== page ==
A milestone was reached by the Company in 1966. In April,  the Company made the final payment on the building.  To mark the occasion, the members were treated to a catered dinner and  President Charlie Meiser conducted the Mortgage Burning Ceremony.

In October a Fireman’s Appreciation Day parade was held as part of the Diamond Jubilee Celebration of the Borough.  The Company put on a fine show with many of the members sporting beards and mustaches which went well with the high hats, red shirts and suspenders that we bought for this special occasion.  The Borough’s celebration lasted through a good part of the year and featured many events including a historical pageant held on the high school field which featured quite a number of Collingdale residents acting out the parts of historical persons who were associated with the development of the area in colonial times.  Margaret Hudson, Al’s wife,was named Queen of the Celebration in recognition of her untiring efforts to assure its success.  Bill Ruthrauff was the Mayor at the time.  The Fire Companies provided a good deal of fun with there roving jail that traveled throughout the Borough arresting male residents who failed to grow a beard for the celebration.  A good and memorable time was had by all.

Another new ambulance was received in March 1967. In addition a committee of Ed Glanfield Ch. Sam Arrell, Elmer Ritchie, Orland Dukes and Bill Ellis was appointed by President Doug Loftus and charged with the purchase of a new pumper. The committee developed a specification for the pump truck however, during the process of evaluating different apparatus it was noted that the Fire District was in fact in need of an aerial truck.  The aerial in Darby and Clifton Heights were both quite old and somewhat unreliable and  while our City Service truck was in good condition it did not provide the capabilities of an aerial.  After some discussion on the matter, the committee approached the Company to request permission to investigate the possibility of acquiring an aerial truck instead of  the pump truck.  The Company concurred with the committee and gave its permission to investigate both a pumper and an aerial ladder..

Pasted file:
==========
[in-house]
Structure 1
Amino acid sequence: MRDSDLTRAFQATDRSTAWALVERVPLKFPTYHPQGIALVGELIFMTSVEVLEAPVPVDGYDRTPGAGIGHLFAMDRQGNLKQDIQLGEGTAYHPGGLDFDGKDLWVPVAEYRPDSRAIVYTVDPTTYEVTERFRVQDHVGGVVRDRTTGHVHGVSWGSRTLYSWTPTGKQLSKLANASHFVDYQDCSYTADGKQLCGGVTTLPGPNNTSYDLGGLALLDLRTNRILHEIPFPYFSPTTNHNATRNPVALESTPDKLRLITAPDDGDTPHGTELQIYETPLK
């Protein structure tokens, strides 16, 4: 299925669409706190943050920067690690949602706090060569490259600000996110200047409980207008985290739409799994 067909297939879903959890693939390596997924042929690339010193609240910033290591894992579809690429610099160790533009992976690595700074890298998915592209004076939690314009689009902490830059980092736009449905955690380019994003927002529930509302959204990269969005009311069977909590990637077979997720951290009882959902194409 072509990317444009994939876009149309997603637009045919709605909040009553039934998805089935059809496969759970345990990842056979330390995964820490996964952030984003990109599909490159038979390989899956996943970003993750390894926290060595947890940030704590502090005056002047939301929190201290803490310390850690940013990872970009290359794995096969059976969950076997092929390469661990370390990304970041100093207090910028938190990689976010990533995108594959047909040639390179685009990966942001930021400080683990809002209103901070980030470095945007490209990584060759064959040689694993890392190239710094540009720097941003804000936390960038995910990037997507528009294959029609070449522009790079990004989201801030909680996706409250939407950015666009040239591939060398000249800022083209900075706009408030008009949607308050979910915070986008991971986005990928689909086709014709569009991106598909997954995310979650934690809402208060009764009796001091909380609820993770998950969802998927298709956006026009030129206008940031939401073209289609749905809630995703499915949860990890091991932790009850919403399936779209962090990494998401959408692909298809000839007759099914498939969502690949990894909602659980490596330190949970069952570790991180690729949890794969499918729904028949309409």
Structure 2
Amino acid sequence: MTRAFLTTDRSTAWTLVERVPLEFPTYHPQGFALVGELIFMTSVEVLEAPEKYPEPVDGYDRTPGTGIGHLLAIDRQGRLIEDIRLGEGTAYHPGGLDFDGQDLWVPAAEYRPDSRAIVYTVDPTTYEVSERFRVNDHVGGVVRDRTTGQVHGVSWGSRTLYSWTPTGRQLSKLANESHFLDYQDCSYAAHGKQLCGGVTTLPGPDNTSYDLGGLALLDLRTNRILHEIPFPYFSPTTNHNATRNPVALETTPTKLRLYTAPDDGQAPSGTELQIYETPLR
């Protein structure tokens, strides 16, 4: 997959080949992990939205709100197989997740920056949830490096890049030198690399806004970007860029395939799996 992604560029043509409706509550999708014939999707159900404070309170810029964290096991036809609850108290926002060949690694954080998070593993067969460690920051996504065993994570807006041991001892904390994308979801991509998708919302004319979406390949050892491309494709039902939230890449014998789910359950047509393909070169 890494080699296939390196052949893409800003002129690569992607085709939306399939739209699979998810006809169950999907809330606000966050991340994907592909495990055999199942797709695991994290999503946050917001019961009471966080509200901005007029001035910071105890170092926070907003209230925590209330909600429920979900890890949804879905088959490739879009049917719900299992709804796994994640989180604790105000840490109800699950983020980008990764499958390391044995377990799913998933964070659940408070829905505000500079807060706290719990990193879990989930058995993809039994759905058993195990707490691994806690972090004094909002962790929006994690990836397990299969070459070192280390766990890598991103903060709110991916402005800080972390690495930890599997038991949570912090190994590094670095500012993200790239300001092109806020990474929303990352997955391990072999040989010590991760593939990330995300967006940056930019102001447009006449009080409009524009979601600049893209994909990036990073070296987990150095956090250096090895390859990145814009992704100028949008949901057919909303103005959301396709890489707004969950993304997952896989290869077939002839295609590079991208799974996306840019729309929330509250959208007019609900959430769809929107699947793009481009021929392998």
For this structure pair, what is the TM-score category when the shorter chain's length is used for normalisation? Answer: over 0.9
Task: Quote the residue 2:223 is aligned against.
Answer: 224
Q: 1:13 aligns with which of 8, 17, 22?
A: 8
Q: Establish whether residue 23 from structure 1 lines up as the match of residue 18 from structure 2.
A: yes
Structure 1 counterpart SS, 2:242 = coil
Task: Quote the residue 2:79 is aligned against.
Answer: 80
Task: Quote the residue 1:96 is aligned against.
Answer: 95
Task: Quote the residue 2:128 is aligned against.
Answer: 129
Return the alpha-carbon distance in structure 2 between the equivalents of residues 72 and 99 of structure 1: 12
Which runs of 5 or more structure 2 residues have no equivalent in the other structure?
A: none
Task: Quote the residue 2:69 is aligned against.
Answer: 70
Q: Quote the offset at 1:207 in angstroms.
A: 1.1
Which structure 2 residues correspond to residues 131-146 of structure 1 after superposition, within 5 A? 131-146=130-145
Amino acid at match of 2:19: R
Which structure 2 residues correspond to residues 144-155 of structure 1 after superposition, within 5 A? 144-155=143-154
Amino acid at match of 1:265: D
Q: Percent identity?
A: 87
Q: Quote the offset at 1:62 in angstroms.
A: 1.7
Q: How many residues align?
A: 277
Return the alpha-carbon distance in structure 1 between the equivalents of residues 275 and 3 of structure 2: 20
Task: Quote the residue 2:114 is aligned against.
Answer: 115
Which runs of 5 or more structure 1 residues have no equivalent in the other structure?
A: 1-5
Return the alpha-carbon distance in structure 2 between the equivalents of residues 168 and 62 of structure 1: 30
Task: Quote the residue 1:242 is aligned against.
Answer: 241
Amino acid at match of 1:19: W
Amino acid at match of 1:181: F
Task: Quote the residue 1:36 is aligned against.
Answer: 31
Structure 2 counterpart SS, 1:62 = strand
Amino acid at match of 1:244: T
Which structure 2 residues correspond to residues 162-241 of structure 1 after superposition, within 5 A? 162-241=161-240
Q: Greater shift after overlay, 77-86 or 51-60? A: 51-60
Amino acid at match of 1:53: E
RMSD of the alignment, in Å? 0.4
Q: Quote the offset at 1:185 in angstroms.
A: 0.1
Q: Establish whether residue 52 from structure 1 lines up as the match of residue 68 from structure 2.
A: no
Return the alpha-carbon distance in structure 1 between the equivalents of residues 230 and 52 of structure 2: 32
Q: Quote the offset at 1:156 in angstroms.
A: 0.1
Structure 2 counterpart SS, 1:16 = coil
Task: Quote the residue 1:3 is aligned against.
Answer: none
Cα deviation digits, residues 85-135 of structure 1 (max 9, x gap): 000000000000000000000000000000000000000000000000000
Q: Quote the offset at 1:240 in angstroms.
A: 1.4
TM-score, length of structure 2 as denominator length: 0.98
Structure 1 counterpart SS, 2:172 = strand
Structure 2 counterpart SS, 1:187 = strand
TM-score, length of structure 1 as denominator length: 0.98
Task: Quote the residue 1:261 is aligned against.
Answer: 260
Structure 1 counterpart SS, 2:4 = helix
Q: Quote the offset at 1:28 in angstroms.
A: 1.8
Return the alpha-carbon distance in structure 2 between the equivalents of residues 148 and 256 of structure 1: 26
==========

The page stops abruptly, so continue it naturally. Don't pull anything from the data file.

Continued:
The Company decided on the purchase of only one piece of apparatus and in April 1968, the committee presented the Company with information on both types of apparatus and a discussion was held on whether to purchase one truck or two. The decision was made that a Seagraves Rear Mount 100 foot Aerial be purchased for the sum of $64,529.00. 

The following year bids were received for the new pump truck.  In April 1969, the Hahn Fire Apparatus Co. was selected to build the truck.

On December 9 the Company voted to pay the Seagraves Fire Apparatus Co. for the Aerial Truck which had been received in July 1969.  The truck was placed in service in January 1970.  The delay in payment was due to the truck paint not being in accordance with the Company specification. A long negation was undertaken with Seagrave Corp over the cost of the truck and whether we were entitled to a financial settlement for the manufacturers mistake. The final cost of the truck was $57,470.